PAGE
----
We’ve all seen reports on how the construction industry has been doing over the last few turbulent months: the USG + U.S. Chamber of Commerce Commercial Construction Index (CCI) dropped 26% from Q1 2020 to Q2 2020, and housing starts declined by 45% between February and May 2020, according to the US Census Bureau. These numbers are not a surprise to anyone. Many regions of the United States and Canada have been seriously hit by total or partial lockdowns and, where activity was able to resume early, new regulations were put in place to contain the propagation of the virus, adding more complexity to new and existing construction projects.
Most of these reports, however, provide a general perspective on construction activity without getting into details about how individual contractors are doing. The natural question for us here at Knowify was: how are small and medium contractors faring in this environment? This is certainly a question we can answer, at least from the perspective of the most forward-looking and efficient contractors that use technology like Knowify.
With Knowify, contracting businesses keep all their project data organized in one place. They can bid for new projects, track existing projects, and invoice their customers. It’s all about being more efficient by digitally transforming the operations-side of a construction business. Given that most of the project lifecycle happens within Knowify, we have a good understanding on how many new projects are getting started, how much work is being done in existing projects, or how the value of these projects is fluctuating.
So, using Knowify data, let’s try to answer the following questions
- To what extent did activity slow down in March and April?
- Are contractors mostly working on projects from their backlog, or actually adding new projects to their pipeline?
- How fast are we recovering now?
- Are new projects shrinking in scope?
To perform our analysis, we took a sample of 500 companies that were running on Knowify continuously from January 2019 to July 2020. We anonymized and aggregated their data, and removed outliers. With this dataset, we were able to compare how the same companies have evolved over time and to what extent this pandemic has impacted their business.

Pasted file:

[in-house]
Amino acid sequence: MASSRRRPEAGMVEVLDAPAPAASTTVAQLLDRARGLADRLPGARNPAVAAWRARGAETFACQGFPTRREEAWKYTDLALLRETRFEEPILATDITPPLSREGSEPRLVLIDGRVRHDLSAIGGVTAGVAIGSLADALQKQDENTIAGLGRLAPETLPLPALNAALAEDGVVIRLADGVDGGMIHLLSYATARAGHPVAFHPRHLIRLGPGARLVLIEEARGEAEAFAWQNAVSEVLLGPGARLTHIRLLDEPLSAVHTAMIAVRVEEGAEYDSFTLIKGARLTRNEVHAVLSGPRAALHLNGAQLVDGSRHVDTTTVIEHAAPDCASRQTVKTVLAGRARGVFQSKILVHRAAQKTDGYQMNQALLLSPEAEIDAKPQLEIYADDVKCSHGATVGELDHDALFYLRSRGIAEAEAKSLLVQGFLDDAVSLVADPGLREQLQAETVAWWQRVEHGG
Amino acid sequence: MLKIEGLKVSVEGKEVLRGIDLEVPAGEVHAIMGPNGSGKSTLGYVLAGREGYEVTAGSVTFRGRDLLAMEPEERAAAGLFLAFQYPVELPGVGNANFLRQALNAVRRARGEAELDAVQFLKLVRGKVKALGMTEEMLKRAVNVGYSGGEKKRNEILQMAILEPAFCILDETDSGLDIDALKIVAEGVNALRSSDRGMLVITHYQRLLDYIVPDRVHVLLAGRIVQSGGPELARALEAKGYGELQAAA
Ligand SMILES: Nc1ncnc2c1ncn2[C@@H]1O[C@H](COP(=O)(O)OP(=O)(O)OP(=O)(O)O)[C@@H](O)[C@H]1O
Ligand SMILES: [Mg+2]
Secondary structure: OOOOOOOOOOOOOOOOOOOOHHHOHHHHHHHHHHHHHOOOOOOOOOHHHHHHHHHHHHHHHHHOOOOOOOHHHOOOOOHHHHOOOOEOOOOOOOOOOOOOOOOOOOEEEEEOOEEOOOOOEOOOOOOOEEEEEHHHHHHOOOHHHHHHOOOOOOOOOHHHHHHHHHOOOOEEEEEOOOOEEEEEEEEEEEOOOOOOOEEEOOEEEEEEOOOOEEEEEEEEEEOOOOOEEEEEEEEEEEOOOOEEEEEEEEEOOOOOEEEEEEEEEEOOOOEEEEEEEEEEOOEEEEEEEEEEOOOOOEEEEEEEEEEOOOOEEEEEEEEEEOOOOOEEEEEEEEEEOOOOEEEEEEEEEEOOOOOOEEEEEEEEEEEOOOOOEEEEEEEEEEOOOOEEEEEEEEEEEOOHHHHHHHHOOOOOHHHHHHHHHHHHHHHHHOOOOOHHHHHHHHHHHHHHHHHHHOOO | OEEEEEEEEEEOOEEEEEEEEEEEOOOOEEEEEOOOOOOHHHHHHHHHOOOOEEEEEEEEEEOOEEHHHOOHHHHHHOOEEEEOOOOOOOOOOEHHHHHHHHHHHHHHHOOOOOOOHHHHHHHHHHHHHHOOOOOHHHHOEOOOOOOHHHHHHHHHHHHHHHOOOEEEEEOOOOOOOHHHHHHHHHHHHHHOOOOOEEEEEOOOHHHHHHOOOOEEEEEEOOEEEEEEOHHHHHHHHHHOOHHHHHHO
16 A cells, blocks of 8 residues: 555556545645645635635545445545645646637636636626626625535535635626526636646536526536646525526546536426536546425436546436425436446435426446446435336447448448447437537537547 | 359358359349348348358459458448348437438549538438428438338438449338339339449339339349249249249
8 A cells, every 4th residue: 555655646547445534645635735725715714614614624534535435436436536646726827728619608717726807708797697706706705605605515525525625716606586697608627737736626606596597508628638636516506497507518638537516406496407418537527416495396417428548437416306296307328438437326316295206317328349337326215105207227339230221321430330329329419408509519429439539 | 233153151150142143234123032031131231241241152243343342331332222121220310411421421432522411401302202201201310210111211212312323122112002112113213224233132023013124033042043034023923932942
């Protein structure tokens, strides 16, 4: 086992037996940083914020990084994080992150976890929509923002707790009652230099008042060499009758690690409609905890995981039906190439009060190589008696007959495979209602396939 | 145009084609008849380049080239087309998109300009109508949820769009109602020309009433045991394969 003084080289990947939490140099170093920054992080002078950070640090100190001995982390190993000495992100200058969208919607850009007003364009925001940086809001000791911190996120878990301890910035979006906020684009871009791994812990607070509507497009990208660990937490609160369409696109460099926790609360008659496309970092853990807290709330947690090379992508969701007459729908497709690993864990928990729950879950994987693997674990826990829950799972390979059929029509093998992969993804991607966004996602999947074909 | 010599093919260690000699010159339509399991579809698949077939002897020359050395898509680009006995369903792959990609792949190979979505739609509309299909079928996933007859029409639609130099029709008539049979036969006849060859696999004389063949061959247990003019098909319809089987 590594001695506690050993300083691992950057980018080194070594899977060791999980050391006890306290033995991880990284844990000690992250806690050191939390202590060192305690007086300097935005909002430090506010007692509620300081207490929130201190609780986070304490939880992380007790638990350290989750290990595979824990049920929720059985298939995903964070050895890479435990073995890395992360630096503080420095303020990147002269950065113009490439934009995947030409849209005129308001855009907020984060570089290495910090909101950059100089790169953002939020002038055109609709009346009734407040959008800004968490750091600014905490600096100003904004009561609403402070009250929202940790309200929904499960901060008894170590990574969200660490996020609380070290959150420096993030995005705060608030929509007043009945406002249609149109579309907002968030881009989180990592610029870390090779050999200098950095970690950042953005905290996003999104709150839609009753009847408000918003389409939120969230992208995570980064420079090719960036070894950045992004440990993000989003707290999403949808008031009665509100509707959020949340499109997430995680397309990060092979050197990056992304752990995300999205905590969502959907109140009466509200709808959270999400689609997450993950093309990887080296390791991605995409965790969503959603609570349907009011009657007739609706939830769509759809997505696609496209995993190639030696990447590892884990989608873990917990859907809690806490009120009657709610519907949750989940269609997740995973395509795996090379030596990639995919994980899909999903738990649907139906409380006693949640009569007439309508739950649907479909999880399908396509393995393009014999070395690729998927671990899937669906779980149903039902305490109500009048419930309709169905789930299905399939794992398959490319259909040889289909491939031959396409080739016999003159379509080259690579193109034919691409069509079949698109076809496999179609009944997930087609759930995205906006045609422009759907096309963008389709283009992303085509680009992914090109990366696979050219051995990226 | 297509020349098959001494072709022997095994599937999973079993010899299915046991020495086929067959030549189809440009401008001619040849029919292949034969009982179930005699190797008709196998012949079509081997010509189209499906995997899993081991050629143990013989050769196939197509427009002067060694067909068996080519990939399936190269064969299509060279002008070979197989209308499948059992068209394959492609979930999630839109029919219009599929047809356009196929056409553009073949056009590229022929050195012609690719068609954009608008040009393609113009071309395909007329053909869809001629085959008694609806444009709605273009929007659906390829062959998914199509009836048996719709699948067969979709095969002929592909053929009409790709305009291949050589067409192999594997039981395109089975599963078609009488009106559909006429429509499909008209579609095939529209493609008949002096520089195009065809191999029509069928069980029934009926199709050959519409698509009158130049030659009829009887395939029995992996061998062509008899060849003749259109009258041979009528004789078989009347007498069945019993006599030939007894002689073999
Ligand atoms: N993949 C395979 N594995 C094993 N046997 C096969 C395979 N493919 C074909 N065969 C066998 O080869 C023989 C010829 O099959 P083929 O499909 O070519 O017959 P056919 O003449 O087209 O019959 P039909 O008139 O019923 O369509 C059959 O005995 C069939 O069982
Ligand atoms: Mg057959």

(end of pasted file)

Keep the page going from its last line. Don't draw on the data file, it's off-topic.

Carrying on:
Analysis I – Number of projects and life cycle
Let’s start by analyzing the number of projects that these 500 companies were working on in July 2019 and 2020:
The chart above aggregates projects that had activity in the month of July. So the green line are projects with activity in July 2020, and the blue line are projects with activity in July 2019. The x axis represents the month in which those projects were created in Knowify. For instance, in July 2019, these 500 Knowify companies were working on a total of approx 3,000 projects that had started one month before (June 2019) and only on 250 projects that had started in December 2018. This is consistent with what we already knew about companies using Knowify: the average project at Knowify lasts 70 days, 40 days being the median, so most projects with activity in July will start between May and July. As you can see, the green line is consistently above the blue line for most of the period. This is great, as it shows that these 500 companies were, in aggregate, taking on a larger number of projects than a year ago—meaning that they were able to grow with Knowify. But what it’s also true is that the creation of projects dipped in March/April 2020 compared to the previous year, quickly catching up in mid May of 2020.
So what did we learn from this first analysis?
To what extent did activity slow down in March and April?